What is involved in acquiring a new dialect - for example, when Canadian English speakers move to Australia or African American English-speaking children go to school? How is such learning different from second language acquisition (SLA), and why is it in some ways more difficult? These are some of the questions Jeff Siegel examines in this book, which focuses specifically on second dialect acquisition (SDA). Siegel surveys a wide range of studies that throw light on SDA. These concern dialects of English as well as those of other languages, including Dutch, German, Greek, Norwegian, Portuguese and Spanish. He also describes the individual and linguistic factors that affect SDA, such as age, social identity and language complexity. The book discusses problems faced by students who have to acquire the standard dialect without any special teaching, and presents some educational approaches that have been successful in promoting SDA in the classroom.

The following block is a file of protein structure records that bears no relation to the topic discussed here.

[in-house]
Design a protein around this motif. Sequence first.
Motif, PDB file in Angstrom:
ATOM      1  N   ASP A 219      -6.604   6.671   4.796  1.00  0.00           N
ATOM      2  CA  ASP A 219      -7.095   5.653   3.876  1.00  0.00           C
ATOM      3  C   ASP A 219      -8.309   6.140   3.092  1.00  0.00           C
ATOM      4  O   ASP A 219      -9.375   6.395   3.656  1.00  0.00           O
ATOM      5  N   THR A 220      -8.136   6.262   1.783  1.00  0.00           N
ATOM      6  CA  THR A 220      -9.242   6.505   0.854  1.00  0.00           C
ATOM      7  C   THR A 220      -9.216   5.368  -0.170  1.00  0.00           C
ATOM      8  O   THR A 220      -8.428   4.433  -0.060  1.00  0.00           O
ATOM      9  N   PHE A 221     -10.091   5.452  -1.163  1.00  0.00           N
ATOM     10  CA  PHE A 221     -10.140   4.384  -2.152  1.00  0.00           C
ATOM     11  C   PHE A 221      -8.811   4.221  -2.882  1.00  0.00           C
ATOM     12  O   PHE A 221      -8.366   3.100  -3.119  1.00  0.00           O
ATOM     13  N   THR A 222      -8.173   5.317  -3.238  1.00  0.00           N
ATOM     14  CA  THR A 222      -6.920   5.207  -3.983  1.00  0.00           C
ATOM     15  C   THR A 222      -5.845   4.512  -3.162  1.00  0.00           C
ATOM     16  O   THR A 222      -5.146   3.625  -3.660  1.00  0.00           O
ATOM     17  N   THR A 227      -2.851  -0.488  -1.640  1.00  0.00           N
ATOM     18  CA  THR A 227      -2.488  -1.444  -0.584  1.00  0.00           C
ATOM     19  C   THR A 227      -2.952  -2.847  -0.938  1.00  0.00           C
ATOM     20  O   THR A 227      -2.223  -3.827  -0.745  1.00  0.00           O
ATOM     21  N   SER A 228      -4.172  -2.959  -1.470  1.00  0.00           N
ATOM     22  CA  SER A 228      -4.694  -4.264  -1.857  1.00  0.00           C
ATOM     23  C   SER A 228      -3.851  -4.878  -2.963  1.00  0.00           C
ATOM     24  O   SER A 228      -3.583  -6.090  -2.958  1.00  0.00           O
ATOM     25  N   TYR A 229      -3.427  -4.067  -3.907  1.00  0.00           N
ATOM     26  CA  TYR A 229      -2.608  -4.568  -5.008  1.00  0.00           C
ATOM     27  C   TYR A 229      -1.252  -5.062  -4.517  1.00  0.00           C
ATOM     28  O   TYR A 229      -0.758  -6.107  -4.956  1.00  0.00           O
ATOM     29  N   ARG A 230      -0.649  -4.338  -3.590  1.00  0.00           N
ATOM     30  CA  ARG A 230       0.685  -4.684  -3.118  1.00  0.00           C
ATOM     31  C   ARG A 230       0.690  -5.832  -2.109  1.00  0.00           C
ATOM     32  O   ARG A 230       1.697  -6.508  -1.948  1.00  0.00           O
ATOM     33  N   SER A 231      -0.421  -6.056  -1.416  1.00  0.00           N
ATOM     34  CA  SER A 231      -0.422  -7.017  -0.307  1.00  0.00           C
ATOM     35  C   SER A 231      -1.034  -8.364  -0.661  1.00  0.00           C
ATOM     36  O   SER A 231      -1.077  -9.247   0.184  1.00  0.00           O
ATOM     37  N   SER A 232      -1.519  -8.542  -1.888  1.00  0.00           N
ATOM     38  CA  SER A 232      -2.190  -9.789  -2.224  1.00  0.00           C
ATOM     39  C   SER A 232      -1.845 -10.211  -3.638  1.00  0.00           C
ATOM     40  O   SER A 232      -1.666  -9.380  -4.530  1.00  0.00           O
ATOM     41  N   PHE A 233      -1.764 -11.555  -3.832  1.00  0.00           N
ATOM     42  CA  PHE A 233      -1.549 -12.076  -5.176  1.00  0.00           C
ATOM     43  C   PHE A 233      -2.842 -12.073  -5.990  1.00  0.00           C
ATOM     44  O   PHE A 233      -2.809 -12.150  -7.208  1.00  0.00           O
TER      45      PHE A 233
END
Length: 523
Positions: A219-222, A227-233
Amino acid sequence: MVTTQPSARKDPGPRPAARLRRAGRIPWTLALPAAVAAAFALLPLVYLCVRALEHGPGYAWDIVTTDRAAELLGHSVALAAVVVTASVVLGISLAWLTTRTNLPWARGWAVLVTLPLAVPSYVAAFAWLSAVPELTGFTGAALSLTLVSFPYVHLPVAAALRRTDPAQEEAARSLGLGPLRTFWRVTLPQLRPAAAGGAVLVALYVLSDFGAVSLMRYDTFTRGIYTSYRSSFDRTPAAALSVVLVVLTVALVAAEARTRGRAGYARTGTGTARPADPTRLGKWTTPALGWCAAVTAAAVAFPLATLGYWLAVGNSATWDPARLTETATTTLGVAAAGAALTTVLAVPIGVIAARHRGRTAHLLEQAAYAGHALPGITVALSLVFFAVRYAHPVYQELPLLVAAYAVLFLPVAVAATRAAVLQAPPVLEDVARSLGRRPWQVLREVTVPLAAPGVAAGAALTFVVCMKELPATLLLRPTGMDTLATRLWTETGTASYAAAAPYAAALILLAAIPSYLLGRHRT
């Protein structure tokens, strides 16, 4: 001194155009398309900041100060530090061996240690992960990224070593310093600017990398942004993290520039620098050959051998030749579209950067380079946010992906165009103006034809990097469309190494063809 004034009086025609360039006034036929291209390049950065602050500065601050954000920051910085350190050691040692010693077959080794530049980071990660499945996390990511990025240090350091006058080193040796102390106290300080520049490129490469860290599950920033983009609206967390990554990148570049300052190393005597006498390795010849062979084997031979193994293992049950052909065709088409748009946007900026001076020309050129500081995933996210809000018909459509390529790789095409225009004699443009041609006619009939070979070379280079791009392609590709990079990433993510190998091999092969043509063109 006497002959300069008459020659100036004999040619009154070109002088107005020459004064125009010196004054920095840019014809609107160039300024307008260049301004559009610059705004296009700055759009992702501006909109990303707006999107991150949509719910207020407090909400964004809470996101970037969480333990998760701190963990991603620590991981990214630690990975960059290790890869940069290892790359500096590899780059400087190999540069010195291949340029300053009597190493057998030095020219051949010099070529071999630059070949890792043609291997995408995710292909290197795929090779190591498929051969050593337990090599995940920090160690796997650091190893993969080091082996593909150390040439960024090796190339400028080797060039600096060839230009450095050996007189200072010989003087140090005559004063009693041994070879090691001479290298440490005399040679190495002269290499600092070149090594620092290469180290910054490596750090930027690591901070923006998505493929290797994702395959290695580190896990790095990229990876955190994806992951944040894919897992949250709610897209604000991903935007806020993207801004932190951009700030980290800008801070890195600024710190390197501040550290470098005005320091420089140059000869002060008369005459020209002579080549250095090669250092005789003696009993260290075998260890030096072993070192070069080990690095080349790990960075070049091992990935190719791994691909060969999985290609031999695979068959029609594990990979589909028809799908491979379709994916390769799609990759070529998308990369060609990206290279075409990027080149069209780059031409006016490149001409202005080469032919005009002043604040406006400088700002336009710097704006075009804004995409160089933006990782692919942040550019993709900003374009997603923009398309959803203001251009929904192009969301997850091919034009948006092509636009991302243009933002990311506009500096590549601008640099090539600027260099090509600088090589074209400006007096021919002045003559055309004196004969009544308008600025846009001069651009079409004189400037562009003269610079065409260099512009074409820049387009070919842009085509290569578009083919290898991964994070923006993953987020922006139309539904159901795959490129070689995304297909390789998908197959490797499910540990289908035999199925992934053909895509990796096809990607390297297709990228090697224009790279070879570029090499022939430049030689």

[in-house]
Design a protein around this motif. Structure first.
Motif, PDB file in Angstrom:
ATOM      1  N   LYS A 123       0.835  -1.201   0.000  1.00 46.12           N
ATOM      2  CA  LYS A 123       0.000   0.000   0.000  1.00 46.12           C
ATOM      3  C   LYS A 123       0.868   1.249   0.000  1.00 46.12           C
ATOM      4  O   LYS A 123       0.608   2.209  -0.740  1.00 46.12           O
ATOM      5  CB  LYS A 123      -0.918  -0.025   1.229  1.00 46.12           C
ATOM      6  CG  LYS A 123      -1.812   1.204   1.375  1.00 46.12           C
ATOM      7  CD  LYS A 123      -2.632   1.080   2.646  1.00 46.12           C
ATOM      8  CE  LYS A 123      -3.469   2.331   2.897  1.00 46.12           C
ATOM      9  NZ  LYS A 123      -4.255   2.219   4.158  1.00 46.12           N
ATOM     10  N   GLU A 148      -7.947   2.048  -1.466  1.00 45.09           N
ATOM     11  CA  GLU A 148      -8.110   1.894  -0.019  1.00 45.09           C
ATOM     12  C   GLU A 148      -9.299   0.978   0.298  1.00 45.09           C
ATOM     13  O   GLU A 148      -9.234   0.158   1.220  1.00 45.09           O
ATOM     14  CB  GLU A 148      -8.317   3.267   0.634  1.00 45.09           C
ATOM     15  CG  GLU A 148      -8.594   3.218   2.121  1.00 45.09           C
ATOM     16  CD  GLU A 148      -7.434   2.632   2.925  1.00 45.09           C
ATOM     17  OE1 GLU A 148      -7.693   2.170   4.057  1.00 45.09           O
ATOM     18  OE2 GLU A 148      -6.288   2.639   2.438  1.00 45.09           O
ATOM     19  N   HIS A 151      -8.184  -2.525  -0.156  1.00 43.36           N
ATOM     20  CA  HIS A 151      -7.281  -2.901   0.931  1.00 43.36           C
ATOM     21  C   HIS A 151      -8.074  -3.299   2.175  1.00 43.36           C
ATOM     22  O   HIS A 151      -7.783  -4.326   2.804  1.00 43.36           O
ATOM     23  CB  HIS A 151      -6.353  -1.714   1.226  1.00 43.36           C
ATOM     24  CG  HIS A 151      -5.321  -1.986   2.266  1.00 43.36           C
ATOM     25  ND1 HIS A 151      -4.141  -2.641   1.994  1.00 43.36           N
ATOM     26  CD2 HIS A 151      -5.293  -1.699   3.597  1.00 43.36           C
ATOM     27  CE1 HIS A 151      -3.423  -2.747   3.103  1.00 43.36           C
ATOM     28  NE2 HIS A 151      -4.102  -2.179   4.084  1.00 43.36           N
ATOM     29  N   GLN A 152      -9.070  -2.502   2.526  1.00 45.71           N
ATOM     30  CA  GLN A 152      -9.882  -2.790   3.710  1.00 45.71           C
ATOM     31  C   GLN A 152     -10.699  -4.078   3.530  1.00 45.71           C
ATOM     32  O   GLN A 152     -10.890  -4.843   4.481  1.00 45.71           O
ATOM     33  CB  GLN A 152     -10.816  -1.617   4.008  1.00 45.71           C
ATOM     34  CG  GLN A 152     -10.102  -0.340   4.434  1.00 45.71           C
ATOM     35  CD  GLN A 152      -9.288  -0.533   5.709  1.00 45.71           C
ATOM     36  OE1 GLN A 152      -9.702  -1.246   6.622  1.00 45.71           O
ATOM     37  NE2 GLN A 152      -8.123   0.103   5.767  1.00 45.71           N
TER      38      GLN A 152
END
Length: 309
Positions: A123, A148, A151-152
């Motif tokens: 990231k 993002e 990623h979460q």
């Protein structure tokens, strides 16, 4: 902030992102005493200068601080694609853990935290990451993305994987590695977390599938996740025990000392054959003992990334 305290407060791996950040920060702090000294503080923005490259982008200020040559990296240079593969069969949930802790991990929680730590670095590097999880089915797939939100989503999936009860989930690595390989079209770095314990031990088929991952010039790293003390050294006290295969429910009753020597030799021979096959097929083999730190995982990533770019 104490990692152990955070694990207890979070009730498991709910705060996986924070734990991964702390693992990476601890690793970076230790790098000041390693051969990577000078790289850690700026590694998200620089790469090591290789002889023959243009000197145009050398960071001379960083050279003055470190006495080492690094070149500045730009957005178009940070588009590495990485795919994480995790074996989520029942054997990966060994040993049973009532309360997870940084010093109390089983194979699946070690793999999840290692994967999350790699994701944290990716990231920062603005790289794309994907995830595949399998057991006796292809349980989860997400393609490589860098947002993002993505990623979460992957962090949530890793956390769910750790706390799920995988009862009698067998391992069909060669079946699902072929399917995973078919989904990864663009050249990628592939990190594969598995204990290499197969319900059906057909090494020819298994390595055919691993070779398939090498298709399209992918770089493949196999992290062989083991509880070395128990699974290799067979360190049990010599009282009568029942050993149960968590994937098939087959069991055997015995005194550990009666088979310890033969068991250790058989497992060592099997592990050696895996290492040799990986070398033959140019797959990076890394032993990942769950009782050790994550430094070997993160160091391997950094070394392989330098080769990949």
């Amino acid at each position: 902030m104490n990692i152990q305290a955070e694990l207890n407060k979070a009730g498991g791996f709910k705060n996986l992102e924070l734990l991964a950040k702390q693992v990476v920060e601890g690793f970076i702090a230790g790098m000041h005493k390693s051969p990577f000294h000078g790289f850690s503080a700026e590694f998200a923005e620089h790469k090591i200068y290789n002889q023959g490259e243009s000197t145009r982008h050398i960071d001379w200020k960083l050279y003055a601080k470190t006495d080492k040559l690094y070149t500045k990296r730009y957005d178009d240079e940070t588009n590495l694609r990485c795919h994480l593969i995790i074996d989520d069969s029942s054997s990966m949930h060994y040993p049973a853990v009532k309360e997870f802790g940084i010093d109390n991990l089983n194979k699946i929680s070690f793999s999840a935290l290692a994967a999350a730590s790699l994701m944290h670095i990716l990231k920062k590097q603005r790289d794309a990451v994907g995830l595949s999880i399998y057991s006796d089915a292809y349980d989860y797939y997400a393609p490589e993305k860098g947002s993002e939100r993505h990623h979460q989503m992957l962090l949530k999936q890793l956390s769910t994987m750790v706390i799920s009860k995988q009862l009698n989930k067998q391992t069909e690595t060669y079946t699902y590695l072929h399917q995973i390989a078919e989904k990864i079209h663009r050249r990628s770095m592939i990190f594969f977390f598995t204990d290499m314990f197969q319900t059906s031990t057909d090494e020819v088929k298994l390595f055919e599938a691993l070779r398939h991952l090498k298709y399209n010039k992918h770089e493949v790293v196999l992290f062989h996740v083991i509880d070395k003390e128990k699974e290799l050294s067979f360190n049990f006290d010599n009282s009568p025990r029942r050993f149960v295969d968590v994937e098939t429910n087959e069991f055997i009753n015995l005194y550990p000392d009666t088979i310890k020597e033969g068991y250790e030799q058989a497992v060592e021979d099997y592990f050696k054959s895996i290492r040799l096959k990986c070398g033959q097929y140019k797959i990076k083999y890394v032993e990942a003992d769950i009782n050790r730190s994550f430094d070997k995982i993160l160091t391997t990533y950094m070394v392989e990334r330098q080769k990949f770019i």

Jeff Siegel is Adjunct Professor of Linguistics in the School of Behavioural, Cognitive and Social Sciences at the University of New England, Australia. His recent publications include The Emergence of Pidgin and Creole Languages (2008) and Pidgin Grammar: An Introduction to the Creole Language of Hawai'i (with K. Sakoda, 2003).
1. Introduction; 2. Attainment in naturalistic SDA; 3. Acquiring a second dialect; 4. Differential attainment: age effects and linguistic factors; 5. Additional individual and linguistic factors; 6. The difficulty of SDA; 7. SDA in classroom contexts; 8. Educational approaches for SDA; 9. Explaining the results and taking further steps.